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|Full Title:||Workshop on Learning Biases in Natural and Artificial Language Acquisition|
|Location:||Oxford, United Kingdom|
|Start Date:||05-Sep-2014 - 05-Sep-2014|
|Meeting Email:||click here to access email|
|Meeting Description:||This workshop, organised by Adam Albright (MIT) and Andrew Nevins (UCL), will be held in conjunction with Adam Albright's Linguistics Association Lecture on Friday 5th September at the 2014 Annual Meeting of the Linguistics Association of Great Britain in Oxford.
What expectations or biases do learners bring to the task of learning phonological grammars? Work on language typology, diachronic change, and evaluation metrics for learning algorithms has identified a number of factors that might encourage learners to favor one hypothesis over another. These include preferences based on formal properties of the grammar, such as a bias for featurally simpler or more general processes, or a bias towards certain type of interactions. They also include substantive biases
for certain types of processes, such as a preference for processes that target phonetically difficult structures, or a bias against processes that lead to perceptually salient alternations, or even limitations that make some processes completely unlearnable.
Until recently, the argument that learners favor some patterns over others has largely been based on indirect evidence: learning biases can provide an account of how grammatical preferences shape acquisition errors, language change, and typology. The past decade has seen a rapid rise of interest in studying learning directly in the lab, both among infants and adults. This work has studied the time course of acquisition of natural language (L1) patterns by children, as well as the rate or readiness with which infants and adults learn artificial grammars.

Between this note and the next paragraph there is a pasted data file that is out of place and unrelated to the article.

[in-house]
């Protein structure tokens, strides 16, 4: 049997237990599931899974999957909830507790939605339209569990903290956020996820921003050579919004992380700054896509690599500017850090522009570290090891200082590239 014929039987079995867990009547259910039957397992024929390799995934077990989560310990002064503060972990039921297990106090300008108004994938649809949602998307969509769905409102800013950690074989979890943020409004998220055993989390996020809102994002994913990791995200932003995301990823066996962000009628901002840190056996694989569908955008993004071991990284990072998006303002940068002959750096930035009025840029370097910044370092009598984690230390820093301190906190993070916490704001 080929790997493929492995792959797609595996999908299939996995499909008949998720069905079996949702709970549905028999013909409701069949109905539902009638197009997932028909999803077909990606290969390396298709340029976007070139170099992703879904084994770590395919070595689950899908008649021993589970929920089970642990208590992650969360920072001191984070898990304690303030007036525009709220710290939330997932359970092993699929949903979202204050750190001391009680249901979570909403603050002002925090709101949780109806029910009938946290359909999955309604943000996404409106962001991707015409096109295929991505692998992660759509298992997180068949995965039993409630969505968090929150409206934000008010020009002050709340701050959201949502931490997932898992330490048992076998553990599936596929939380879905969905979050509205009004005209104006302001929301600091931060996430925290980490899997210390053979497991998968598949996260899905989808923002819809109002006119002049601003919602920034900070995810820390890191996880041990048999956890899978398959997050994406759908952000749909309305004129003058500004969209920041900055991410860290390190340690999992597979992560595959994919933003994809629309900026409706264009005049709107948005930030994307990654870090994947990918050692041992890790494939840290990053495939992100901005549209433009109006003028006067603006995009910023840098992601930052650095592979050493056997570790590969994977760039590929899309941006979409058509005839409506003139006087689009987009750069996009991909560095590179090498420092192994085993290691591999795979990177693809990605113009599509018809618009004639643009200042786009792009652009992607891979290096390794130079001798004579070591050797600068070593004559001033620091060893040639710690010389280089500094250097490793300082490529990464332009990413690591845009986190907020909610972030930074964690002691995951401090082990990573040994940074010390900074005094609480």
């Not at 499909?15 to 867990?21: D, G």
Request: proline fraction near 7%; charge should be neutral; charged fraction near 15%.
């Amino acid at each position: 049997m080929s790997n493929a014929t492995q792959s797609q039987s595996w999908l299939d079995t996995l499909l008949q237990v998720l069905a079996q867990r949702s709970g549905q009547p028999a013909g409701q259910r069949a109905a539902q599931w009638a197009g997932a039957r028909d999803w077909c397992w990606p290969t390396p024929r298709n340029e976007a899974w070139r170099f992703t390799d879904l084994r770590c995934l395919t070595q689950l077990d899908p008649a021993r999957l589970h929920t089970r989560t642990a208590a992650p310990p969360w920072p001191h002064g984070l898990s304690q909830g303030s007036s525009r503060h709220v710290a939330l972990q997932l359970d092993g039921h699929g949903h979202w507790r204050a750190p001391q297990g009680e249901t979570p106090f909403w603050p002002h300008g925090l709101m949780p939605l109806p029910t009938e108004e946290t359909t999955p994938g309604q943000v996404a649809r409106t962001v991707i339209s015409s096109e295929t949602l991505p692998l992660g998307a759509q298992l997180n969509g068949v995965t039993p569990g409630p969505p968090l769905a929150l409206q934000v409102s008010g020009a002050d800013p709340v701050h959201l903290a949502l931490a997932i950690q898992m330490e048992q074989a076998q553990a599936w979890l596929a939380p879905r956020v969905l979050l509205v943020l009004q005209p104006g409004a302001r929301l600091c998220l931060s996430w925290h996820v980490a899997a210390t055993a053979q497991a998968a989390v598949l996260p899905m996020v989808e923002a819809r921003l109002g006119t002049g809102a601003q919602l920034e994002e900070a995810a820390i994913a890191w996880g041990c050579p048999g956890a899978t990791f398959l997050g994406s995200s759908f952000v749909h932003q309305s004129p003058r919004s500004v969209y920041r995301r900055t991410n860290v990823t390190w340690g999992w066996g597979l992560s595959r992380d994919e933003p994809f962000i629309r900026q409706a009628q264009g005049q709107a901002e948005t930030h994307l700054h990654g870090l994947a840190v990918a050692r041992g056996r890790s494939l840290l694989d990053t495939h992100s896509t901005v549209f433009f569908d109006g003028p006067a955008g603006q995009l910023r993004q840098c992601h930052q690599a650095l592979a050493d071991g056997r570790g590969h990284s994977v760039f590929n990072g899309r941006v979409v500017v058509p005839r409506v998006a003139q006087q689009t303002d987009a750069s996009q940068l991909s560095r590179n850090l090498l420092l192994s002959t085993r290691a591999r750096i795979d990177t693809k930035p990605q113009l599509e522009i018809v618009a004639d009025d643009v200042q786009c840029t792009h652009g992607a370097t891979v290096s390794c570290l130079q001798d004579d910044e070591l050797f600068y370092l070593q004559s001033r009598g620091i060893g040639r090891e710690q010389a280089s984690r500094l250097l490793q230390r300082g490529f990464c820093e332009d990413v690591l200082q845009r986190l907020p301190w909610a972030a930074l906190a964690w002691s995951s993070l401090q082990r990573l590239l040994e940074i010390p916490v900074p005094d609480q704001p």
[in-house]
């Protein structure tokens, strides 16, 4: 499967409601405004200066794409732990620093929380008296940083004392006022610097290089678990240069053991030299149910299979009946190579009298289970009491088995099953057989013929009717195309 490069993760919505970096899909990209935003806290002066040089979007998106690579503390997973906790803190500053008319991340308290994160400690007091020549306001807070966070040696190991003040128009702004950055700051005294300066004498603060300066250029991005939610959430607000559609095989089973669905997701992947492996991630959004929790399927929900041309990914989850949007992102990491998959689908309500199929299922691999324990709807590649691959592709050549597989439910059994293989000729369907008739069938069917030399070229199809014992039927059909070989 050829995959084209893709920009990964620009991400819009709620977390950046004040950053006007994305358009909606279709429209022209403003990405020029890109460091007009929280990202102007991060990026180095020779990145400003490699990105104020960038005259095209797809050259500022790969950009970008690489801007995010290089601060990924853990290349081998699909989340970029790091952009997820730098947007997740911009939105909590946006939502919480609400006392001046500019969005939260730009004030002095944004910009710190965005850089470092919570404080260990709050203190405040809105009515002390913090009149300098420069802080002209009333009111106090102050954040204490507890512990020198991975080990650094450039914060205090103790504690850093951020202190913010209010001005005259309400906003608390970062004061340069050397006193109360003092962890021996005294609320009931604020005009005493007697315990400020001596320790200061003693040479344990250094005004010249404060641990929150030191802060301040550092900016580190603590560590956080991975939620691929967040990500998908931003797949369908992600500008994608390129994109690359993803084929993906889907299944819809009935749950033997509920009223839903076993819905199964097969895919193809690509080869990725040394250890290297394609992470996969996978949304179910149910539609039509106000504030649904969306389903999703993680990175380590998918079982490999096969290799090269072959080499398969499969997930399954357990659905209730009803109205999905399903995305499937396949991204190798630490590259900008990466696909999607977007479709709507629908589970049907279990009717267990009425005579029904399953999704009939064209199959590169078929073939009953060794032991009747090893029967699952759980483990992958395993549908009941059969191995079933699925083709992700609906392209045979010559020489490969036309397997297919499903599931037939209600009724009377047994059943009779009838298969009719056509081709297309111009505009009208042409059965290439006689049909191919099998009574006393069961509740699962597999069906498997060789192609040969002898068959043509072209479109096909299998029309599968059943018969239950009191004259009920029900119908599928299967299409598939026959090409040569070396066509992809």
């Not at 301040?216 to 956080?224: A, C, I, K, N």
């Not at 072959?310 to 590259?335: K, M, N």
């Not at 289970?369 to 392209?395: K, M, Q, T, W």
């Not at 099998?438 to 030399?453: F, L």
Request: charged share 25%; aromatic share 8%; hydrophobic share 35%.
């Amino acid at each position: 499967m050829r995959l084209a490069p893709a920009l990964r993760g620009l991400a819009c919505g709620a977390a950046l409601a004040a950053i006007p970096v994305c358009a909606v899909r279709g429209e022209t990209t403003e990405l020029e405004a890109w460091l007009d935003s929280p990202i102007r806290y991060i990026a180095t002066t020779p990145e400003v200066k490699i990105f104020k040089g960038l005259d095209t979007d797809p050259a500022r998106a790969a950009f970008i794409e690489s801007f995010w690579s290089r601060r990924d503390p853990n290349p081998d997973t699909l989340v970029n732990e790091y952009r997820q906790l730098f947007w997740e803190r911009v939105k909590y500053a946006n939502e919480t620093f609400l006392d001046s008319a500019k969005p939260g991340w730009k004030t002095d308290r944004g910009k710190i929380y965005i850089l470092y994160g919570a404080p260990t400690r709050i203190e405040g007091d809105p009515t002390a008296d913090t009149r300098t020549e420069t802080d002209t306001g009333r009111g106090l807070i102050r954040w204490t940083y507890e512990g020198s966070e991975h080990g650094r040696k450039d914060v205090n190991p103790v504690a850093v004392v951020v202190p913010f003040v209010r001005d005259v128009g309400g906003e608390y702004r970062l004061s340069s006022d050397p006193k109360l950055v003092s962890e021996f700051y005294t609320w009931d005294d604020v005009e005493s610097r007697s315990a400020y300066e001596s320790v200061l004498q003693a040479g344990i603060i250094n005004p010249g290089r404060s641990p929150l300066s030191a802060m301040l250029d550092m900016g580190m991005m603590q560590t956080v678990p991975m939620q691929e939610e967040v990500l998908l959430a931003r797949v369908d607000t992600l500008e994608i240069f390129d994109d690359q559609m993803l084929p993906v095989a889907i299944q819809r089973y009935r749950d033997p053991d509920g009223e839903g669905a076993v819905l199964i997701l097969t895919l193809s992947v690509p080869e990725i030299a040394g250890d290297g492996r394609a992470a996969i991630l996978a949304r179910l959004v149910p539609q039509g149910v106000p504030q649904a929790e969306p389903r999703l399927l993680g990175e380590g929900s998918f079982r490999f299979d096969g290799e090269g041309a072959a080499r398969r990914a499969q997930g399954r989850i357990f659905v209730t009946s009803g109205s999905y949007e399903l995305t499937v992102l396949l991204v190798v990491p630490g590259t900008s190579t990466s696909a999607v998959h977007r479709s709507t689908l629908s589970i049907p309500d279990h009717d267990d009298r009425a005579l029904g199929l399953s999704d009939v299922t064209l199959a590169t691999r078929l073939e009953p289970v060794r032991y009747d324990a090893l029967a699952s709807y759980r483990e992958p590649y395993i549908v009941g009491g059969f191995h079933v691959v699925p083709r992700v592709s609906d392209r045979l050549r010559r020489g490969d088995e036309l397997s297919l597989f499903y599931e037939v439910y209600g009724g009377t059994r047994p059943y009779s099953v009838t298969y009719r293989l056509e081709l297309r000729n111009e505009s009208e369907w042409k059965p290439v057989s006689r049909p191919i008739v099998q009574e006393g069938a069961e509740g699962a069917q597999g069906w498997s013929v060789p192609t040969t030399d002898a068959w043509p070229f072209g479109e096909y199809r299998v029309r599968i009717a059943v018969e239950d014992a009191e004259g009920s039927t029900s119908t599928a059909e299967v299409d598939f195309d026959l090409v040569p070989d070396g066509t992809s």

The goal of this workshop is to bring together researchers employing a variety of techniques to study this kind of phonological learning 'in the lab'. The workshop aims to foster a dialogue on questions such as: how can we relate performance in an artificial lab task to natural language acquisition? What kinds of biases have actually been supported by experimental results, to date? What kinds of biases do these techniques allow us to test, and what kinds of biases can only be observed within the context of a
full-blown linguistic system with qualitatively and quantitatively more complex training, longer timescales of learning, and learning within richer semantic contexts? What is the contribution, if any, of participants' L1 to the task of artificial grammar learning? We hope that the invited talks and the posters, selected from an open call for papers, will shed light on these and other questions through a range of theoretical and empirical contributions.
|Linguistic Subfield:||Phonology; Psycholinguistics; Language Acquisition|
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